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I have a rather large file consisting of several million lines and there is the need to check and remove corrupt lines from the file.

I have shamelessly tried File.ReadAllLines but it didn't work. Then I tried to stream lines as below reading from the original file and writing to a new one. While it does the job, it does so in several hours(5+). I have read about using buffers which sounds like the only option but how am I going to keep line integrity in that way?

Solution: StreamWriter moved to outside of while. Instead of split, count is used.

 using (FileStream inputStream = File.OpenRead((localFileToProcess + ".txt")))
    using (StreamReader inputReader = new StreamReader(inputStream, System.Text.Encoding.GetEncoding(1254)))
       using(StreamWriter writer=new StreamWriter(localFileToProcess,true,System.Text.Encoding.GetEncoding(1254)))
          while (!inputReader.EndOfStream)
             if ((tempLineValue = inputReader.ReadLine()).Count(c => c == ';') == 4)
share|improve this question
Note that Split(';') allocates an array and creates 5 strings in memory per each line. This adds work for a garbage collector. Maybe you should just check that there are 4 semicolons in your line? Also each iteration you are creating/disposing StreamWriter. Isn't it better to create one at the beginning and dispose in the end of operation? – Artemix Jul 25 '13 at 9:05
good point. I'll make the changes. – mechanicum Jul 25 '13 at 9:20
how about reading a batch into a string builder, process and then write in one go ? – bhs Jul 25 '13 at 10:37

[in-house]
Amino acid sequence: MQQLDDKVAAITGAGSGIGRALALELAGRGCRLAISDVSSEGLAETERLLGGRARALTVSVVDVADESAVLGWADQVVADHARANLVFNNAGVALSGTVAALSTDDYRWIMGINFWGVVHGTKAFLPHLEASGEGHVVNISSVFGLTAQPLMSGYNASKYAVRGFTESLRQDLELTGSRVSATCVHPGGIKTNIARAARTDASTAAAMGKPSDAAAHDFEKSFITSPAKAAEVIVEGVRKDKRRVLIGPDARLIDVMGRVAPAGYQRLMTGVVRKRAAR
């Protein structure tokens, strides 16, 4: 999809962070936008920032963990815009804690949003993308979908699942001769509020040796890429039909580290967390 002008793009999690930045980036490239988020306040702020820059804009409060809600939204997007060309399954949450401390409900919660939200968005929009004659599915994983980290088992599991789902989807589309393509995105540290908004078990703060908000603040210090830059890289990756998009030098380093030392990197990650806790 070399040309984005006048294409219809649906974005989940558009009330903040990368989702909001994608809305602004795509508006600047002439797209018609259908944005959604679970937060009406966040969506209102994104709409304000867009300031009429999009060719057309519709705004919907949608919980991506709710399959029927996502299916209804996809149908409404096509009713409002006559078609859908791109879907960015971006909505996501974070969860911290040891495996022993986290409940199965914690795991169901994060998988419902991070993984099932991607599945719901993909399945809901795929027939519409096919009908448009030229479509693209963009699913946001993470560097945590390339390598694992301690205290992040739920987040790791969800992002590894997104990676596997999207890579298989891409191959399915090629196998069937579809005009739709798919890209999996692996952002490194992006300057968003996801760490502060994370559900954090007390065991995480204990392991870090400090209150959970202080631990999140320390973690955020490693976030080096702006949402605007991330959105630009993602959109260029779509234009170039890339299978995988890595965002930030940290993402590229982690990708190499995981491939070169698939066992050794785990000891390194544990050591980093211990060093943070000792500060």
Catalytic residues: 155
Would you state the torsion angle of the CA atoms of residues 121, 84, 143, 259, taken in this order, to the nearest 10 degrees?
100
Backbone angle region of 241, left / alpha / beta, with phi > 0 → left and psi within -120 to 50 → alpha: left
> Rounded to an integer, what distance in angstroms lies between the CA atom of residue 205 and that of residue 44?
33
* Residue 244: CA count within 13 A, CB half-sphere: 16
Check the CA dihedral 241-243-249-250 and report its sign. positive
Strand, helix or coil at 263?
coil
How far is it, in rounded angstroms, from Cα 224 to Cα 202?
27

@Artemix Tried your suggestion and got 5+ hours to 15 mins drop. Just going to try bhs' suggestion as well. – mechanicum Jul 25 '13 at 10:47
up vote 1 down vote accepted

I think that the slowest part in your original code was the creating/disposing StreamWriter. On each Dispose the StreamWriter had to flush all unwritten data to the disc, close file handles, etc. On open OS had to check security permissions, current locks an do many other things as well.

When you started to use only one StreamWriter, its internal write buffer began to work writing the data to the disk in large chunks. Along with skipping closing/opening file for writing this saves a lot of time. Disk I/O is usually the slowest part in application.

Split(';') also had possible speed impact, but I think it was less significant. Anyway, string operations should be done carefully in C#, because strings are immutables and can create a lot of garbage in memory. So, if you can check for a 4 semicolons it is always better than call Split(';') which allocates an array and (in your case) creates 5 strings in memory per each line. When a lot of string operations are performed using immutable strings it may severily hit application performance even without any disc I/O.

As for using StringBuilder in your case - I don't think it helps much, because StreamWriter already has built-in buffering.

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